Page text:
Obviously the photo required additional adjustments that did not involve the radial filter to produce the final image.
Balance The Light
I am sure we have all taken photographs where the overall exposure was right but the brightest parts of the image still detracted from the main subject. That was definitely the case in the photo below of Sedona’s Courthouse Butte where a very bright cloud was pulling the viewers eye away from the Butte.
Applying a Linear Gradient was not the answer to fixing the problem since the brightest part of the cloud was not at the edge of the image. I needed a tool that would put the greatest darkening effect right over the problem area. So again, the Radial Filter, was my tool of choice.
Upon reviewing the above image with the filter applied, the image still needed a second adjustment to balance the light in the rocks with the clouds. This time an exposure adjustment impacting just the highlights filter was applied to the top portions of the rocks that resolved the lighting issue.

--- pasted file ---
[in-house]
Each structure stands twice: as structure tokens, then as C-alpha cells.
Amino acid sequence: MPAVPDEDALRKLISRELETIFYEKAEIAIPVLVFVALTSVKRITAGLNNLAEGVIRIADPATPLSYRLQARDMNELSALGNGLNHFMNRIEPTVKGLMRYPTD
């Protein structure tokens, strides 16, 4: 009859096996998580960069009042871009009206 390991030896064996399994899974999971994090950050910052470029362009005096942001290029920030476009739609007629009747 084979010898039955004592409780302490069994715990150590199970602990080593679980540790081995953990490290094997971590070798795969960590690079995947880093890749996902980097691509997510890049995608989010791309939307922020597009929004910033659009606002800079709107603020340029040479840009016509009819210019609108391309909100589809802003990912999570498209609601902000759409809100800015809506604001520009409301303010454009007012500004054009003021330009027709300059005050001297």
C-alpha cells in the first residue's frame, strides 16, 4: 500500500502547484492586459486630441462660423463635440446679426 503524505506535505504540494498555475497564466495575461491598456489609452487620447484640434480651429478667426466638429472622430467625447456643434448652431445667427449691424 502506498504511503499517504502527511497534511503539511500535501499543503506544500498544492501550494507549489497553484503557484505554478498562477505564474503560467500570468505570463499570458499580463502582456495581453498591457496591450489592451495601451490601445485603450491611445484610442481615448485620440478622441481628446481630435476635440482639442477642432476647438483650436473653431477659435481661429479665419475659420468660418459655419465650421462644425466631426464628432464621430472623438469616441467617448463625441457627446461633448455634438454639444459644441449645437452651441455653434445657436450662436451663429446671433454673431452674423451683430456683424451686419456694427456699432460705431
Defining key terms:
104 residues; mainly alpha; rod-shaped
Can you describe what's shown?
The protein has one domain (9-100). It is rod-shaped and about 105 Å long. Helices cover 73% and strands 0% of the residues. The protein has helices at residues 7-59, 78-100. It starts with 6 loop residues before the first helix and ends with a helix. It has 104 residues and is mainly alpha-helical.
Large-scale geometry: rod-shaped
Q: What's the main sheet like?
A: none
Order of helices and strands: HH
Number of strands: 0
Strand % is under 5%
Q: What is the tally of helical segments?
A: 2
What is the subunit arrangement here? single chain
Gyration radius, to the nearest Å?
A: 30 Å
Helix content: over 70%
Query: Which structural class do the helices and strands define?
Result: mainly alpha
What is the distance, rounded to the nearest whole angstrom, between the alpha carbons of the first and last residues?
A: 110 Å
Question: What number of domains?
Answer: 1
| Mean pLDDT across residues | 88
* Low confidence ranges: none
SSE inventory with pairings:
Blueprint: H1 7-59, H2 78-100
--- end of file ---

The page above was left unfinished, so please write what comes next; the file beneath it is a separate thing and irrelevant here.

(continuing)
By the way, for illustrative purposes, I have also included a shot of my final image that contains globally applied vibrance, color calibration and texture adjustments beyond the scope of the radial filter post.
Turn The Lights On
The next creative radial filter use involves an exposure adjustment that simulates turning on lights. To accomplish this a small radial filter as applied to the lantern with mask feathering that extended down the wall just as a light would naturally do.
2. Blur Backgrounds with a Radial Filter by Reducing Clarity and Sharpness
Reduce Distracting Elements